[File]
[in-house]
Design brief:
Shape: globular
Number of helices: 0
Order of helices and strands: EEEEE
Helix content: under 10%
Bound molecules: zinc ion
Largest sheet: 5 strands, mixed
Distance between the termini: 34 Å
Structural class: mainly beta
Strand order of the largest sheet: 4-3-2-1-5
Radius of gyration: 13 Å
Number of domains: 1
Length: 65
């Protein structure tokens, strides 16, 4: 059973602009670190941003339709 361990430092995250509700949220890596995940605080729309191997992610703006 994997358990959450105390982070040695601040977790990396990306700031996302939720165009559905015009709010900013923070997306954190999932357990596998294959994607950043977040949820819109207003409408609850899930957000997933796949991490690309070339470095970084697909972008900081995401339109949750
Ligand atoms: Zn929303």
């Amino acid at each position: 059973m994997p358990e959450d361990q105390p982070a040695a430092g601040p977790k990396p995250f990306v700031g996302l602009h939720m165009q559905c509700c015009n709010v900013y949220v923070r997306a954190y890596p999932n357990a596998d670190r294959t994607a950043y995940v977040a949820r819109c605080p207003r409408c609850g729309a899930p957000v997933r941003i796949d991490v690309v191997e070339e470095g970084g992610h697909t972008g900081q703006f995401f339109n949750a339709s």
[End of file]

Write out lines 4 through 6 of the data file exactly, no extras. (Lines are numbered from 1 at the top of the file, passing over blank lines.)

Number of helices: 0
Order of helices and strands: EEEEE
Helix content: under 10%